There was a town hall meeting hosted by State Senator Scott Dibble (DFL - 61), State Rep. Frank Hornstein (DFL - 61A), and Speaker of the House Paul Thissen (DFL - 61B) at the Pershing Park Recreation Center on June 7, 2014. Around sixty people attended the event to hear the three legislators speak about the 2014 state legislative session and to take questions from constituents. The representatives first gave a summary of their biggest successes during the session and what they hope to accomplish the following year.
Representative Thissen, an attorney from Minneapolis, spoke first. He described the 2014 session as “very productive” and talked up some of the major victories for the DFL now that they had a majority in both houses: a bill raising the minimum wage, an anti-bullying measure drafted by Senator Dibble, tax cuts, new bonding funds to refurbish the Walker Art Center’s sculpture garden and the Nicollet Mall, and the Women’s Economic Security Act. Speaker Thissen characterized a transportation bill, which they state legislature still could not pass this year, as “unfinished business.”
Senator Dibble spoke next, describing the session as an “incredibly productive biennium.” He was glad to see so many “people engaged in the legislative process” this year. He talked about a few different issues, including a safe schools bill (which took a “ton of courage from young people” to speak up about the issue), medicinal marijuana, and the fact that this legislature did not leave a deficit.
Representative Hornstein, a community organizer from Minneapolis, wrapped up the introduction. Some of his favorite victories from the session included new money for the sculpture garden, funding for a new transit station at 35W and Lake Street, and updated recycling and composting laws. He also spoke of the need for transportation funding and said he would support a ¾ cent sales tax on gasoline. He also cited the legislature’s work in making sure oil companies “pay for the lion’s share” when cars containing shale oil from the Bakken field in North Dakota derail in Minnesota.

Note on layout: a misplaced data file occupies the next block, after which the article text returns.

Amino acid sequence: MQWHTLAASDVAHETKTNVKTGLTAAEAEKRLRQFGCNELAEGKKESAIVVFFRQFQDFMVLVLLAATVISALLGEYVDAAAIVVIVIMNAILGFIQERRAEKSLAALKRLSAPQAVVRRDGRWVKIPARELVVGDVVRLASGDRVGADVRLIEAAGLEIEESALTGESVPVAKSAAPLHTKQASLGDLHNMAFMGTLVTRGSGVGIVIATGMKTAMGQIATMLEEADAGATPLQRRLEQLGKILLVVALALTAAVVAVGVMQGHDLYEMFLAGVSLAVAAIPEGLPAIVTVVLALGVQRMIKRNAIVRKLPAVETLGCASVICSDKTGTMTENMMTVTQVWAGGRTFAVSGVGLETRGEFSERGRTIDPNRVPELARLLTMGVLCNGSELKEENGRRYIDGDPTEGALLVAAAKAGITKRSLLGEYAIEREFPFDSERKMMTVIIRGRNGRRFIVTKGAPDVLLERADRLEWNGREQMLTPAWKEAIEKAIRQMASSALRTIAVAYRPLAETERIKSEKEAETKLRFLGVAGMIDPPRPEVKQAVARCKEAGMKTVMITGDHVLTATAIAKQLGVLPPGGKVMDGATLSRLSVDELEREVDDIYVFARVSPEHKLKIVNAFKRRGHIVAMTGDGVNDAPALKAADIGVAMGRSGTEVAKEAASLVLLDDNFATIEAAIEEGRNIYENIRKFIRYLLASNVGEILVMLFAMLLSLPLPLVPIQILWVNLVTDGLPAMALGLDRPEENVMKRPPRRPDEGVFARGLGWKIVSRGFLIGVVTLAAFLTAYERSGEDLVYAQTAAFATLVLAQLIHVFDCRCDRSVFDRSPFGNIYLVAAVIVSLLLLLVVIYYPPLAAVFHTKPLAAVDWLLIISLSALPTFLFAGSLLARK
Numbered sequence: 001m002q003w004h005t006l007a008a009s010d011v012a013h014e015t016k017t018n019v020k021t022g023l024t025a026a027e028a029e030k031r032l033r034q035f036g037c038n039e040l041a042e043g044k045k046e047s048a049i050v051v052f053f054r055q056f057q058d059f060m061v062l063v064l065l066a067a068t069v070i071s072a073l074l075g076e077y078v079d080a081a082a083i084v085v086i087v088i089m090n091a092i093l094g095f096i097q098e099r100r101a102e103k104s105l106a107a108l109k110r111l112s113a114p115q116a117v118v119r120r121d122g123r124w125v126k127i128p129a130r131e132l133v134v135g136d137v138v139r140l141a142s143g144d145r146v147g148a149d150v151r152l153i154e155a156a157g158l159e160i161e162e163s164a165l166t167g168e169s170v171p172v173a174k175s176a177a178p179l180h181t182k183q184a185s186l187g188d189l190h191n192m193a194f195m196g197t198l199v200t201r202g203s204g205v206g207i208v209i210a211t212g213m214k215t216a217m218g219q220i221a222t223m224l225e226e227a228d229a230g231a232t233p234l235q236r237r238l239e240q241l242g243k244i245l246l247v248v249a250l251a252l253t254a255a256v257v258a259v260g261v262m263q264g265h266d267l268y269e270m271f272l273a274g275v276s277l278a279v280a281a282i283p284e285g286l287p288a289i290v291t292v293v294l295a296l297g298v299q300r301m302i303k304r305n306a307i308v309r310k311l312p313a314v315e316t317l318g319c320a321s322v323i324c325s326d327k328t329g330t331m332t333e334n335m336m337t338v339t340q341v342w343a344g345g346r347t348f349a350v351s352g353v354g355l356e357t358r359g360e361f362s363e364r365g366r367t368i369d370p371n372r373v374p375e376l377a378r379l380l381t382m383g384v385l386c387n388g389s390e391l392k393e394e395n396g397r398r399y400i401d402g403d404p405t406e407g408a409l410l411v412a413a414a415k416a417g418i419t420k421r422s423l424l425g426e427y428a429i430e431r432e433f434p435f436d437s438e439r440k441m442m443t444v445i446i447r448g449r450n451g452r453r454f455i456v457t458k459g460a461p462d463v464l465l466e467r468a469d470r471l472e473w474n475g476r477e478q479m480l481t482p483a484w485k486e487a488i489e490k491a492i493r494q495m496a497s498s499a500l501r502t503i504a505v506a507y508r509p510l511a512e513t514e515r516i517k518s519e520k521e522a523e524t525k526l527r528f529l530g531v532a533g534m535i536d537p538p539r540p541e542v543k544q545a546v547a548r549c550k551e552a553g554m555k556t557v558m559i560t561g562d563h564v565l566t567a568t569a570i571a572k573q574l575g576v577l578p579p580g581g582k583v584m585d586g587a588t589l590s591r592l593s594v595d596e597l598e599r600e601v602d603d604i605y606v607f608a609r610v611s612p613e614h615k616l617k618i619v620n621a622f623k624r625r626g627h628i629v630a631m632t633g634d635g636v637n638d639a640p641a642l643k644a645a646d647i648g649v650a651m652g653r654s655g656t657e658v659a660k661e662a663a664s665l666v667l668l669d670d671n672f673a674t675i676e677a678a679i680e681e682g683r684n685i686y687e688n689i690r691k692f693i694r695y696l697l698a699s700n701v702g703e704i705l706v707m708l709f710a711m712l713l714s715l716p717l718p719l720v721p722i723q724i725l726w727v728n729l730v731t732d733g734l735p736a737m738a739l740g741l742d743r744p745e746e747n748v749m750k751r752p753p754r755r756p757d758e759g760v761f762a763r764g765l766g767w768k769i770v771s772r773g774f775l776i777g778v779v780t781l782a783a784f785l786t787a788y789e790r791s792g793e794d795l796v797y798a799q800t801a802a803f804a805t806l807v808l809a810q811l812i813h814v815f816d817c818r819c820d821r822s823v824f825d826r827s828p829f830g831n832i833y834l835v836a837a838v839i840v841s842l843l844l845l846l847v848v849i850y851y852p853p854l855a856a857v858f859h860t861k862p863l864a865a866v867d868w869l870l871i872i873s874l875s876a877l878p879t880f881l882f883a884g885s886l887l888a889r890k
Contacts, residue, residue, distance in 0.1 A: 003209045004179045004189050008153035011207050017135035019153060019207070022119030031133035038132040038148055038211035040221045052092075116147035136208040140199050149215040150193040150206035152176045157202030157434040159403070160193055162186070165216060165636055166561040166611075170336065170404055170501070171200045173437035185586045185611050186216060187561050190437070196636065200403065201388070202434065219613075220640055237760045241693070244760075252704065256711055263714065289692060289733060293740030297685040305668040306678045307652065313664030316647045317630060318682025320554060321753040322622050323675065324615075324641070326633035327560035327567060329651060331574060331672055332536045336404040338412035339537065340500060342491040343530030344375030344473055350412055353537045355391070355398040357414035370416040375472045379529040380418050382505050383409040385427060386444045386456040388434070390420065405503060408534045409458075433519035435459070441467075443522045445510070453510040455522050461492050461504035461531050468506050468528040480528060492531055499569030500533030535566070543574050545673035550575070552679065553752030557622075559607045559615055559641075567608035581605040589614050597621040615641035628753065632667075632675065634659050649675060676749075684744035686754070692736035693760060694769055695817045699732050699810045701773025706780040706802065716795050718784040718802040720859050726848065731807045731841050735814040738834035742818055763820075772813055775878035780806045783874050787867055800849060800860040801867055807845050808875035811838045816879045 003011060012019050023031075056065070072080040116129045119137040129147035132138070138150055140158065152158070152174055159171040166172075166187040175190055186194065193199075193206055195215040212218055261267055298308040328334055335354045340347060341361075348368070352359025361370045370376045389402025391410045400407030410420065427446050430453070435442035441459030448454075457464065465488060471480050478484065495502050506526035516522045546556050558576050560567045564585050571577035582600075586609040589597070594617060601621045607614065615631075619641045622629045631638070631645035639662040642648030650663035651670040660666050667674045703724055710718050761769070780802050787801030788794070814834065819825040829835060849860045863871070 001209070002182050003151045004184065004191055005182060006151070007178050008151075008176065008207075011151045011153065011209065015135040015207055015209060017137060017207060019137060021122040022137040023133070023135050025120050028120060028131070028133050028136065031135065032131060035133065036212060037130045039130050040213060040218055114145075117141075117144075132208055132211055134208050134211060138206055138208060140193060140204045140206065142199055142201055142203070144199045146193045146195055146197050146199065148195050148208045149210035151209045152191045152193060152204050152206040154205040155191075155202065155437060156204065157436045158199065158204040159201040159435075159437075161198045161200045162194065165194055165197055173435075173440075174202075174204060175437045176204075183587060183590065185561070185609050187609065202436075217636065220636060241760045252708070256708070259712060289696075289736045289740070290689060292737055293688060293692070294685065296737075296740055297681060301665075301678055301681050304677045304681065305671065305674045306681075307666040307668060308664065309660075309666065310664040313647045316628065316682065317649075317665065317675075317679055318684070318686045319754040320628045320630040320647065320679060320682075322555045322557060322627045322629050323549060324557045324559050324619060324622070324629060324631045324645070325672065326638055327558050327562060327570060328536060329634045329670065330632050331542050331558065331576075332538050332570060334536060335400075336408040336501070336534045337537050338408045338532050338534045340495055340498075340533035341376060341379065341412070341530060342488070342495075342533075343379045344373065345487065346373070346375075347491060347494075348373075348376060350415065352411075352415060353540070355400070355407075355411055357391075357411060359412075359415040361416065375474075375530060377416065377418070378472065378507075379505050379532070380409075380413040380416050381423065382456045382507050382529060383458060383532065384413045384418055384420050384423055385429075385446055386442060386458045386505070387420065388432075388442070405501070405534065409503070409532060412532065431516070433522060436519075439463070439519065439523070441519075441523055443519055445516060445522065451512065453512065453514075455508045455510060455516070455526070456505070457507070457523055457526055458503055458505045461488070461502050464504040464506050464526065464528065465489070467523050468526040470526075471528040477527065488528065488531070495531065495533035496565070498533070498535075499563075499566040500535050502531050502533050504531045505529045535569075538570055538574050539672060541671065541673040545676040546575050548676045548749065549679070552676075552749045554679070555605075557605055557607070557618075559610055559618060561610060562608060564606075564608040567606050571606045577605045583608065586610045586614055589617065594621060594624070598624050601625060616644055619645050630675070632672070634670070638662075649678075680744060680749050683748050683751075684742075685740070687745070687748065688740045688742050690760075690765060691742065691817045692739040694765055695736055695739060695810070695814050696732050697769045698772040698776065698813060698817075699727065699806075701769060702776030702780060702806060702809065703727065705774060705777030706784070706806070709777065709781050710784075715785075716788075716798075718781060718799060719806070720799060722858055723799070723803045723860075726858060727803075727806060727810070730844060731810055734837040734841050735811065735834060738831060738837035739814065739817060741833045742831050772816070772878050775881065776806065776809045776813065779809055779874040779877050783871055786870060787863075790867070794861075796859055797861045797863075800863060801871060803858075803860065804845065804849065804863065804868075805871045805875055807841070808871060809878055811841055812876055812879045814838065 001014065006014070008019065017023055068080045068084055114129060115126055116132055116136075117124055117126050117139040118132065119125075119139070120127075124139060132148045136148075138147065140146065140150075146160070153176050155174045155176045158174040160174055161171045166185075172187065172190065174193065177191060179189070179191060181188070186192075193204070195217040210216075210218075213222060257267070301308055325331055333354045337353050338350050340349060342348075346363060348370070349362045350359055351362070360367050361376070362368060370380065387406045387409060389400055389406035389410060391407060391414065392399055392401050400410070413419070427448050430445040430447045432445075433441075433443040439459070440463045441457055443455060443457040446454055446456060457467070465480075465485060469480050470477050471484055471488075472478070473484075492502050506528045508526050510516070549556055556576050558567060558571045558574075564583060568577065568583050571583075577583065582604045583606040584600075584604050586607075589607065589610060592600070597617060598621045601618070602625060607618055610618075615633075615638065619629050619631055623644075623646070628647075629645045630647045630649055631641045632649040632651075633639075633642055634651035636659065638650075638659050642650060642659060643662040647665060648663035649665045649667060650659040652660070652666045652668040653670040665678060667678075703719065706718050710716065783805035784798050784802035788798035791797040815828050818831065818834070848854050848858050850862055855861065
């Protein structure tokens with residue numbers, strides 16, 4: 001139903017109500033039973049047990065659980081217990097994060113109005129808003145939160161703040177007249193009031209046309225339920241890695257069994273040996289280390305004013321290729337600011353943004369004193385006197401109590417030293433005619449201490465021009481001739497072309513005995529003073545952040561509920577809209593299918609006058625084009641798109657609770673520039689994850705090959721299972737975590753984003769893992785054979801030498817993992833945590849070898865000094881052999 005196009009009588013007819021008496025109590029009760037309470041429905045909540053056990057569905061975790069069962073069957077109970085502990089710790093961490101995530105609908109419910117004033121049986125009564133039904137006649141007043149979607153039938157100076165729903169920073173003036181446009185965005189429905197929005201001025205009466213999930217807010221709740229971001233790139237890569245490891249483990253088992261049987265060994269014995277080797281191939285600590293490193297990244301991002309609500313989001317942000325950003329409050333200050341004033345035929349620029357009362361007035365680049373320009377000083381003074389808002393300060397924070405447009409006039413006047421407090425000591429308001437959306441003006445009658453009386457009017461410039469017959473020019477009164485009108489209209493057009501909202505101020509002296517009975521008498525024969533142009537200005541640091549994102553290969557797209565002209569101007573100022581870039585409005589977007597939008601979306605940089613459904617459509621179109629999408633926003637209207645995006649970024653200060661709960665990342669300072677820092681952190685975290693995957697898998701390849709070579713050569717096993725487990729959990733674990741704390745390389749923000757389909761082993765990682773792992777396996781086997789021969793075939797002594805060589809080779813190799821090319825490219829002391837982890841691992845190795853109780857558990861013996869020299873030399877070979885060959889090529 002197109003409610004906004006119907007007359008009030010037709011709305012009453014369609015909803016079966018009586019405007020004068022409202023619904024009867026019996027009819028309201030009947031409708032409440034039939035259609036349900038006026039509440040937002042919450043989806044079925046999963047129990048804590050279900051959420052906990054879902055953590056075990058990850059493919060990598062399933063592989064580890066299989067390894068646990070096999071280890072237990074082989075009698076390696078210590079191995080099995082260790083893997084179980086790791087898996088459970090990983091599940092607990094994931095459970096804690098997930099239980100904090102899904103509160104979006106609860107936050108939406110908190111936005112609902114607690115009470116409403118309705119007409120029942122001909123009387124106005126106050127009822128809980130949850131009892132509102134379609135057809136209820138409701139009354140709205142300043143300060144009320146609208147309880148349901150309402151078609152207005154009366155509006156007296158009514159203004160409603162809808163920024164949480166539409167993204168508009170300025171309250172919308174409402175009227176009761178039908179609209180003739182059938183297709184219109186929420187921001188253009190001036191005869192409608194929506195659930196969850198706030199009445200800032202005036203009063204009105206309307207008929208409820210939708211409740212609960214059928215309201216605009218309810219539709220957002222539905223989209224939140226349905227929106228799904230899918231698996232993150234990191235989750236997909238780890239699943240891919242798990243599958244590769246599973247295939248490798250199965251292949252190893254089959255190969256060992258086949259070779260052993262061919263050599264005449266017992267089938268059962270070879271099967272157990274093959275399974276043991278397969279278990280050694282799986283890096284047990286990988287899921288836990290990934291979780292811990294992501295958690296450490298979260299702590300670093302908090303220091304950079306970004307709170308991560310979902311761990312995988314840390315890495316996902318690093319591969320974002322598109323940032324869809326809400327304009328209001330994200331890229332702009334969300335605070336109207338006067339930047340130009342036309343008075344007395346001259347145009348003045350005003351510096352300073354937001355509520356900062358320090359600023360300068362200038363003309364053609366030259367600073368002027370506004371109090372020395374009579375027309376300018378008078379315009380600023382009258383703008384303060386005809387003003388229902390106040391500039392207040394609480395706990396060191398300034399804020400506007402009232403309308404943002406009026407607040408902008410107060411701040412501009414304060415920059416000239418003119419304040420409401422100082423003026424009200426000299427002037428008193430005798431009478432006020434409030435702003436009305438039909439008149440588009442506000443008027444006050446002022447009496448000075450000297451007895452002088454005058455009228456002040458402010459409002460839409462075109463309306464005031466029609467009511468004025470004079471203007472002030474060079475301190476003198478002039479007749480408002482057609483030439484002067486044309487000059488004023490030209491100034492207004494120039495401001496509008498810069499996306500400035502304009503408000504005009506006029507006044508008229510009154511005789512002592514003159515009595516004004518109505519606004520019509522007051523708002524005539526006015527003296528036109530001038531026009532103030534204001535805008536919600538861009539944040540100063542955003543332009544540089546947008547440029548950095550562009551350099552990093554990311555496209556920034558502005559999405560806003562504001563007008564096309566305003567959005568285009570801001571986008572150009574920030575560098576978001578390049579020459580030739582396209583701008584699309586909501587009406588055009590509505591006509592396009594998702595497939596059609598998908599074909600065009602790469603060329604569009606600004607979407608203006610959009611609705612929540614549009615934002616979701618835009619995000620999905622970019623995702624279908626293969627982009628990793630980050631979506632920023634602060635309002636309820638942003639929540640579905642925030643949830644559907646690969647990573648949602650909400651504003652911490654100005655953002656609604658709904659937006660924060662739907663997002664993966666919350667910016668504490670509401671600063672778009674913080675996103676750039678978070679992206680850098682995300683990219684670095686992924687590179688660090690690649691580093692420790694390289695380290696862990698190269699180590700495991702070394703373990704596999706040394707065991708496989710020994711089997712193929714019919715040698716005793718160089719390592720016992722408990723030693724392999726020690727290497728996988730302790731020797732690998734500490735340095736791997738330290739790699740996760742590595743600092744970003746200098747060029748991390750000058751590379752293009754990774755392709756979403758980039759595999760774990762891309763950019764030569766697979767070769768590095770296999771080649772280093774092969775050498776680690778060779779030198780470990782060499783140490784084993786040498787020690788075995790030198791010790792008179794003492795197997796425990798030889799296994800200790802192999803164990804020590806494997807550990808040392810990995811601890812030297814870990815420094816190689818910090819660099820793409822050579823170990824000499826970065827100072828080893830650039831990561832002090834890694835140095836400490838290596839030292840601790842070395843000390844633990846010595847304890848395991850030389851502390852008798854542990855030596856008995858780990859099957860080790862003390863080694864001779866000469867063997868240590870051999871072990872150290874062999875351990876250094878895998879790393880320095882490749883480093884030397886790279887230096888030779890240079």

The legislators then opened up the forum to questions from the audience. This dominated most of the two-hour event. The first question surrounded gun control. Rep. Thissen said that while there was some domestic violence legislation passed this year, more could be done. He stressed the need for a broad campaign for legislative action, saying that there simply were not 68 votes in the House yet.
The next questioner asked about more funding to take care of the state’s world-class parks and lakes, describing them as “getting tired” from all the use from residents. Senator Dibble agreed, saying these parks receive “millions of visits per year” and need protecting. He cited the legislature’s work to help the Park Board institute a “park dedication fee” for any new residential construction, and said that some money did come from the Legacy fund (a constitutional amendment from 2008 setting aside specific funds for arts and the environment).
The following questioner asked about open-carry laws. Senator Dibble said that while restrictions were on the books they had been “liberalized” over the years. He did mention that businesses can place a sign explicitly saying “no guns” are allowed anywhere on the premises.